Among the innovations Geoff Johns brought to the way the Green Lanterns are organised was the introduction of the Alpha Lanterns, a corps within a corps stripped of all emotion in order to deal with any situation purely on a logical basis, this being seen as desirable. They’ve further been set up to police the remaining Green Lanterns, and that comes home to roost very early when they don’t like something John Stewart felt he had to do during Fearsome.

That alone presents an interesting ethical dilemma that Peter J. Tomasi explores effectively, and it’s one that polarises the Green Lantern Corps and sets up a revolt against the Alpha Lanterns. From there Tomasi tinkers with Guy Gardner’s background as per a ‘New 52’ reboot, wiping clean elements of his past to make him a former cop drummed out of the force his family has served for generations. Guy Gardner once being a teacher has long been incompatible with the way his personality developed, yet brain damage accounted for that, but making him a disgraced former policeman was more consistent. A physically abusive father is more interesting than the terminally grumpy personality introduced by Tomasi, but what’s introduced here has an effect in later stories.

As before, Fernando Pasarin’s art is staggeringly good. On so many occasions a spread is something to be marvelled at, beginning with a fantastic bar room brawl, but these aren’t gratuitous pin-ups, they’re  incorporated into the story flawlessly. Action and people-packed, time and again they’re breathtaking, as are Pasarin’s design skills on the remainder. Late on during the title story a giant monstrosity is introduced and Pasarin goes overboard with the detail on something that’s just a minor part. Some DC titles of this era changed their artist every chapter, and very few of them could equal the work Pasarin turned out to a regular deadline. Still, other artists are involved, and Cafu is good, just not as good as Pasarin.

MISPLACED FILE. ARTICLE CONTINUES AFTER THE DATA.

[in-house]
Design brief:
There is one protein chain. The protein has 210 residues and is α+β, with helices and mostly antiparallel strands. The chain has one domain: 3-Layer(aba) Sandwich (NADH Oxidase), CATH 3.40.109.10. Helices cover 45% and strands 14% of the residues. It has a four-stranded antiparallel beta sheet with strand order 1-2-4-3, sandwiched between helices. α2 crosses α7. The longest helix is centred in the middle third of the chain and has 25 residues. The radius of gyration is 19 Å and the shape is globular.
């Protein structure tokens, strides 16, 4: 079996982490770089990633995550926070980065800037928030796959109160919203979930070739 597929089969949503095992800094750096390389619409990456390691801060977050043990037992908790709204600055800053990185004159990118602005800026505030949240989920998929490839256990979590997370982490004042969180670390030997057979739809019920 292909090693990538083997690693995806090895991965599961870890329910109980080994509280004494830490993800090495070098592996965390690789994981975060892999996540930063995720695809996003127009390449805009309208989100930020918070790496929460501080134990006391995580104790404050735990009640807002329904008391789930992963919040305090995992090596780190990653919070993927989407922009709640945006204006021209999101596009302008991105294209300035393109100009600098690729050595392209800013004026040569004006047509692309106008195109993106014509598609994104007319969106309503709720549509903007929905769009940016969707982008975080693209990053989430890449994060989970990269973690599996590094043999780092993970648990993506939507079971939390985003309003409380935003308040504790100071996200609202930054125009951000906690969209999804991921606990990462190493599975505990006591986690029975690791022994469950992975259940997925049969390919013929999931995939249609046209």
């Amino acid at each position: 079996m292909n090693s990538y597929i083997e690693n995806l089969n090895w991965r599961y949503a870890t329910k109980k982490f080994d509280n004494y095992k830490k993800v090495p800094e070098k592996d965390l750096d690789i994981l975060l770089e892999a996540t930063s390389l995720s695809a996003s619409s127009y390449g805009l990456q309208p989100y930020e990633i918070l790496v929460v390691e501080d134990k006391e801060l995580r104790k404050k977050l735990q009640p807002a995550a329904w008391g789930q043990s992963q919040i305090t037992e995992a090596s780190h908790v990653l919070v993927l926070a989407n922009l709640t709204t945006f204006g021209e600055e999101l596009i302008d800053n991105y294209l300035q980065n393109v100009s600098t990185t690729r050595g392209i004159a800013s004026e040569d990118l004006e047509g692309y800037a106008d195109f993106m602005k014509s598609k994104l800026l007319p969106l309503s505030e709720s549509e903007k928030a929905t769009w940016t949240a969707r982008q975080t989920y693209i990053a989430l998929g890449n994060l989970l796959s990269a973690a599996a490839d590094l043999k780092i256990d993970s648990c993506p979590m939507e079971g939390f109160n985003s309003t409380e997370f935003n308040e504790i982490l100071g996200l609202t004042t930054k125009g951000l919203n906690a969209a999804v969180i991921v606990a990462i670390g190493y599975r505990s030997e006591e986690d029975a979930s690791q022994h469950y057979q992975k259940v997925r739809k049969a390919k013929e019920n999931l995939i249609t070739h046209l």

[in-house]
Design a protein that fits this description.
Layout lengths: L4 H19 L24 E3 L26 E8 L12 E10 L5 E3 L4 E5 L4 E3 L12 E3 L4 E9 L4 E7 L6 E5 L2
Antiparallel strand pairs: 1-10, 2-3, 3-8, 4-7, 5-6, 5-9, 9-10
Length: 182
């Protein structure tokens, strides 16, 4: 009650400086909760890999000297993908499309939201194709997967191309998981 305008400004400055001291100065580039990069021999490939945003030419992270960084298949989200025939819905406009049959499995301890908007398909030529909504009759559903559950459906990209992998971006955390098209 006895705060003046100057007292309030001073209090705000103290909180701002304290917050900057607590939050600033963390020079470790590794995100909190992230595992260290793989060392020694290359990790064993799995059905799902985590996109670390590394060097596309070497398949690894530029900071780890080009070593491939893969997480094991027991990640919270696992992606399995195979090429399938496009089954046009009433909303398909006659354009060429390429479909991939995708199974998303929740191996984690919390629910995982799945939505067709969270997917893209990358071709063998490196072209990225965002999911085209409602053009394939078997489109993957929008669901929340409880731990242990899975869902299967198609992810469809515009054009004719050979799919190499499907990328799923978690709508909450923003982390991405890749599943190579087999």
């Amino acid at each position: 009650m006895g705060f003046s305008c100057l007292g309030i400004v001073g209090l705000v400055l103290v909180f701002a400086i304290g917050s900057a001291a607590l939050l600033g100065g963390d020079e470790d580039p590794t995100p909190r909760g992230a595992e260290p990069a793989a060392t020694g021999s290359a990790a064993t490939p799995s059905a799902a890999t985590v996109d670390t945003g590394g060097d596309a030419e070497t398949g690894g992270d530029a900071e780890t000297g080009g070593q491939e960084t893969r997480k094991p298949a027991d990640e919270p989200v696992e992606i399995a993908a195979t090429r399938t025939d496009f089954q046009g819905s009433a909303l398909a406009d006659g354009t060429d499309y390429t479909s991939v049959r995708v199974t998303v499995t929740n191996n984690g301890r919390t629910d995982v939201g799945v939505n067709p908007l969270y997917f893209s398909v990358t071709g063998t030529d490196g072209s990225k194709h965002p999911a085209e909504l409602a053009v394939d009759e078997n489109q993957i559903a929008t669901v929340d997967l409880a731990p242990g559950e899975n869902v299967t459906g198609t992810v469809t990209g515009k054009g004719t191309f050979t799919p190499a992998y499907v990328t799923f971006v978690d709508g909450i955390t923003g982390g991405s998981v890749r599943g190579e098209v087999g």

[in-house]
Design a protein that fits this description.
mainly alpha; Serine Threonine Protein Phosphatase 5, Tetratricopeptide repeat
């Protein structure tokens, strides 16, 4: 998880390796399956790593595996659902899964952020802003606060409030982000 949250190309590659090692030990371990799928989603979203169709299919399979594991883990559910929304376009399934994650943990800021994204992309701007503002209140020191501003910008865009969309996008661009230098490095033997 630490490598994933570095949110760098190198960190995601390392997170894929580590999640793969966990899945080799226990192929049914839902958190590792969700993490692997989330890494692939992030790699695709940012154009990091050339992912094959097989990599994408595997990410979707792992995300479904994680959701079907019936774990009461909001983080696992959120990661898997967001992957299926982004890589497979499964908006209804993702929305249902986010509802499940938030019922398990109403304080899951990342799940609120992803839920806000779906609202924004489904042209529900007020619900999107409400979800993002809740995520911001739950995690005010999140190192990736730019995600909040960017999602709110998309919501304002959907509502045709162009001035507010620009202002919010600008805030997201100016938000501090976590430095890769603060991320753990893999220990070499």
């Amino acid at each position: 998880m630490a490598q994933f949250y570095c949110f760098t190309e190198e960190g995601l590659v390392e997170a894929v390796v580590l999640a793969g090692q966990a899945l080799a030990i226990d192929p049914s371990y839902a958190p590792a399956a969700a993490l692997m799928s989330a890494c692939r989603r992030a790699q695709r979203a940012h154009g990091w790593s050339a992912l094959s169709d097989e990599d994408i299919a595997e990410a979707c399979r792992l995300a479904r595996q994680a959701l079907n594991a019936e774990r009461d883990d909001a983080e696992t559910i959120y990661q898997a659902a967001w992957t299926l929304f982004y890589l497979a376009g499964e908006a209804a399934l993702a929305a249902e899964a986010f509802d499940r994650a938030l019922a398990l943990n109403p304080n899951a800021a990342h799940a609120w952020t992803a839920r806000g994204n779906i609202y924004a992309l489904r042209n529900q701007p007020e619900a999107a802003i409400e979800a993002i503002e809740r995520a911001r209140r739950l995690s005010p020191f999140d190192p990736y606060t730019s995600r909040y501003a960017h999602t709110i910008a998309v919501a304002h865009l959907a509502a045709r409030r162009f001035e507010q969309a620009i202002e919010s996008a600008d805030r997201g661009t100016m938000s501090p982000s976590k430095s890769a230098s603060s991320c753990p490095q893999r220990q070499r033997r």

Two-thirds of the way through the Green Lantern Corps are sucked into Rise of the Third Army, as the Guardians’ machinations continue with the introduction of mindless warriors only obeying their orders. There is an aspect of contrivance over these chapters, as what the Guardians want to achieve could be resolved more simply than via their machinations. Tomasi tries to pull the wool over our eyes, but it’s unsatisfactory.

Alpha Wars ends with Guy back on Earth. Alternatively the final chapters here and the opening three of Willpower are incorporated into Green Lantern: Rise of the Third Army. This can be read without reference to the bigger picture, but that’s not the case for Willpower.